In the last quarter of the century, however, the situation began to change rapidly and dramatically, as the gap between the technical skills of some western and northern European countries and those of the rest of the world grew wider. During the centuries of Ottoman rule there had been no advance in technology and a decline in the level of scientific knowledge and understanding. Apart from the few Greeks and others educated in Italy, there was little knowledge of the languages of western Europe or of the scientific and technical advances being made there. The astronomical theories associated with the name of Copernicus were mentioned for the first time, and even then only briefly, in Turkish at the end of the seventeenth century, and the advances in European medicine were only slowly coming to be known in the eighteenth.


Pg. 340, para 2: .. The revolt against the past could go as far as the total rejection expressed in the writing of one of the most original of them, the Tunisia Abu’l-Qasim al-Shabbi (1909-34): ‘Everything the Arab mind has produced in all the periods of its history is monotonous and utterly lacking in poetic inspiration.’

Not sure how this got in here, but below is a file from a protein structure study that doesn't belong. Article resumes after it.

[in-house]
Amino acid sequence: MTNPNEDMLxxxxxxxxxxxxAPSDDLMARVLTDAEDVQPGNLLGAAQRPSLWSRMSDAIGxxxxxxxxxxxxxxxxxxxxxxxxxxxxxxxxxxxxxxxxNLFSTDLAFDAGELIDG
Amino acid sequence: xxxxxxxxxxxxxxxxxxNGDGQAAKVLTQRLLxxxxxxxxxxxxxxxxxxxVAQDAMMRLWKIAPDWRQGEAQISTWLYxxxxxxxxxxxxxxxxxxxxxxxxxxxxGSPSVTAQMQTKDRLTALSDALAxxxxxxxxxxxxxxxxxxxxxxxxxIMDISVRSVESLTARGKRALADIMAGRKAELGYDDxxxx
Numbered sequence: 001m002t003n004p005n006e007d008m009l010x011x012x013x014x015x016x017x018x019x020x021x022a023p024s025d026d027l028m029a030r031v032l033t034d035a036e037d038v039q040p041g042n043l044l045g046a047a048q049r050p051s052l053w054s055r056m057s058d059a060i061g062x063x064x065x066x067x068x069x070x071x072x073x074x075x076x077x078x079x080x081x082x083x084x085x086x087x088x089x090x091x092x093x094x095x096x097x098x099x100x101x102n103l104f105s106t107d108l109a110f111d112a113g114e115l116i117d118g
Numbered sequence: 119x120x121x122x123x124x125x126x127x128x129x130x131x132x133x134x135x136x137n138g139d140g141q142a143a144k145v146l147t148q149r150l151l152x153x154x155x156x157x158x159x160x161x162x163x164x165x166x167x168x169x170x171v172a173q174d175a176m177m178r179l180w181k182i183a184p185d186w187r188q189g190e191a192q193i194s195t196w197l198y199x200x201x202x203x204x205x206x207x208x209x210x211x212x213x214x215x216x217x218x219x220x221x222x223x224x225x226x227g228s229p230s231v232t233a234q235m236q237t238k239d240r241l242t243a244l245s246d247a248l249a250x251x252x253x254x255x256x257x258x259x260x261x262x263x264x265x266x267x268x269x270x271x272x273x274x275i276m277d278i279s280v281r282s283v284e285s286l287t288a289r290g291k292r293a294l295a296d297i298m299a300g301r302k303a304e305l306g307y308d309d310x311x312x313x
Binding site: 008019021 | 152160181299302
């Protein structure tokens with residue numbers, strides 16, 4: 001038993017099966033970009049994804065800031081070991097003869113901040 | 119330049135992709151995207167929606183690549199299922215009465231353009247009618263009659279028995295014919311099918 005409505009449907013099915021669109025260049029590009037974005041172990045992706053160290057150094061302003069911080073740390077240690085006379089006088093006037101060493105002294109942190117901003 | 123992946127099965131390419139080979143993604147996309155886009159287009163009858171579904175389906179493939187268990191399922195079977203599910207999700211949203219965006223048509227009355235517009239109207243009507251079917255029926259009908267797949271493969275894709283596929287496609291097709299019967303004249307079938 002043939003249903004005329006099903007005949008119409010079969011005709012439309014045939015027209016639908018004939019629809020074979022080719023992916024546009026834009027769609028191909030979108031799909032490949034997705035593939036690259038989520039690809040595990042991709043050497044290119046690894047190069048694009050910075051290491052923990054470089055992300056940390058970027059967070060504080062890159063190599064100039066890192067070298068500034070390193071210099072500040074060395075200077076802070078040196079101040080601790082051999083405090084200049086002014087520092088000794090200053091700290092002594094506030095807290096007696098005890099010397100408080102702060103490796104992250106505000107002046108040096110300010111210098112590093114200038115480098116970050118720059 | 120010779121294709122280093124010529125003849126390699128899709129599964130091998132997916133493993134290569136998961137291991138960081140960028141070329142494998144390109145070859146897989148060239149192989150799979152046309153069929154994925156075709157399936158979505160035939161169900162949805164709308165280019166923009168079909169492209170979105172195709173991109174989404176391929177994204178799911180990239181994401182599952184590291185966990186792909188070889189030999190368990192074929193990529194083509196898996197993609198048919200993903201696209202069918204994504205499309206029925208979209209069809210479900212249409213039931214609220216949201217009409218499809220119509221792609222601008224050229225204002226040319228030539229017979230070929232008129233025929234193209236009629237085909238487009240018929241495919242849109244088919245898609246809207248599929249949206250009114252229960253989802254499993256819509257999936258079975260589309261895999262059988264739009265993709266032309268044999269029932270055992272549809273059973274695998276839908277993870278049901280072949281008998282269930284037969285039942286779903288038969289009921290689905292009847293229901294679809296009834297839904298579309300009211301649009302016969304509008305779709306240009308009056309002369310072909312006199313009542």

Pg 397, last para: .. the Egyptian Khalid Muhammad Khalid (b.1920), whose formulation carried with it a sharp rejection of the religion taught in the Azhar. The Islam of the ‘priesthood’ he asserted, was a religion of reaction, attacking the freedom of the human intellect, supporting the interests of the powerful and rich, and justifying poverty.


Pg. 444, para 2: Much of the contemporary Arab thought revolved around this dilemma of past and present, and some writers made bold attempts to resolve it. The answer given by the Syrian philosopher Sadiq Jalal al-‘Azm (b. 1934) sprang from a total rejection of religious thought. It was false in itself, he claimed, and incompatible with authentic scientific thought in its view of what knowledge was and its methods of arriving at truth. There was no way of reconciling them; it was impossible to believe in the literal truth of the Qur’an, and if parts of it were discarded then the claim that it was the Word of God would have to be rejected. Religious thought was not only false, it was also dangerous. It supported the existing order of society and those who controlled it, and so prevented a genuine movement of social and political liberation.